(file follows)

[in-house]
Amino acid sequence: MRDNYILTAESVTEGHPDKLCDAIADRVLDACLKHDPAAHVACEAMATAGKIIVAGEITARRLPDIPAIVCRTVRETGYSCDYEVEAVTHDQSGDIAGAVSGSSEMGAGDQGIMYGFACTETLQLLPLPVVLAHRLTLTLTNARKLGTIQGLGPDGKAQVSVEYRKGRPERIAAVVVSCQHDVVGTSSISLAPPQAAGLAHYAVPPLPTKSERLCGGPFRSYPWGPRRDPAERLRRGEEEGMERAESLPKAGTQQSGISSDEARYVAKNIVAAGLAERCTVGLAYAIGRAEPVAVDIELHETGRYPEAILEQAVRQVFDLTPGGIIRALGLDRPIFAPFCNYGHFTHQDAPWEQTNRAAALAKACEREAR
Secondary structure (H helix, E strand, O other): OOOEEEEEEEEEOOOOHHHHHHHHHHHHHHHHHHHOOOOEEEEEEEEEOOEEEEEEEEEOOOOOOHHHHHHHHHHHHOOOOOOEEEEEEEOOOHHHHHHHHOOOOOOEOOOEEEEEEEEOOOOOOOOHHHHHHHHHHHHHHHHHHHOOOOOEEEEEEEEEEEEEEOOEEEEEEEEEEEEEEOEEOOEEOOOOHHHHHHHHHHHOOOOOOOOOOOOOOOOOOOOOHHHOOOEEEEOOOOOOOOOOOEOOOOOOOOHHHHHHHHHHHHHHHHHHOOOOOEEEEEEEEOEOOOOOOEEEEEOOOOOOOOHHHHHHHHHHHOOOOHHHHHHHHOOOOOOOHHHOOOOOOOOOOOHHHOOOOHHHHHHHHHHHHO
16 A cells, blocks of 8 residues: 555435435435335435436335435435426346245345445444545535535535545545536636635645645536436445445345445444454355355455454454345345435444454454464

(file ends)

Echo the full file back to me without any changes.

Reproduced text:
[in-house]
Amino acid sequence: MRDNYILTAESVTEGHPDKLCDAIADRVLDACLKHDPAAHVACEAMATAGKIIVAGEITARRLPDIPAIVCRTVRETGYSCDYEVEAVTHDQSGDIAGAVSGSSEMGAGDQGIMYGFACTETLQLLPLPVVLAHRLTLTLTNARKLGTIQGLGPDGKAQVSVEYRKGRPERIAAVVVSCQHDVVGTSSISLAPPQAAGLAHYAVPPLPTKSERLCGGPFRSYPWGPRRDPAERLRRGEEEGMERAESLPKAGTQQSGISSDEARYVAKNIVAAGLAERCTVGLAYAIGRAEPVAVDIELHETGRYPEAILEQAVRQVFDLTPGGIIRALGLDRPIFAPFCNYGHFTHQDAPWEQTNRAAALAKACEREAR
Secondary structure (H helix, E strand, O other): OOOEEEEEEEEEOOOOHHHHHHHHHHHHHHHHHHHOOOOEEEEEEEEEOOEEEEEEEEEOOOOOOHHHHHHHHHHHHOOOOOOEEEEEEEOOOHHHHHHHHOOOOOOEOOOEEEEEEEEOOOOOOOOHHHHHHHHHHHHHHHHHHHOOOOOEEEEEEEEEEEEEEOOEEEEEEEEEEEEEEOEEOOEEOOOOHHHHHHHHHHHOOOOOOOOOOOOOOOOOOOOOHHHOOOEEEEOOOOOOOOOOOEOOOOOOOOHHHHHHHHHHHHHHHHHHOOOOOEEEEEEEEOEOOOOOOEEEEEOOOOOOOOHHHHHHHHHHHOOOOHHHHHHHHOOOOOOOHHHOOOOOOOOOOOHHHOOOOHHHHHHHHHHHHO
16 A cells, blocks of 8 residues: 555435435435335435436335435435426346245345445444545535535535545545536636635645645536436445445345445444454355355455454454345345435444454454464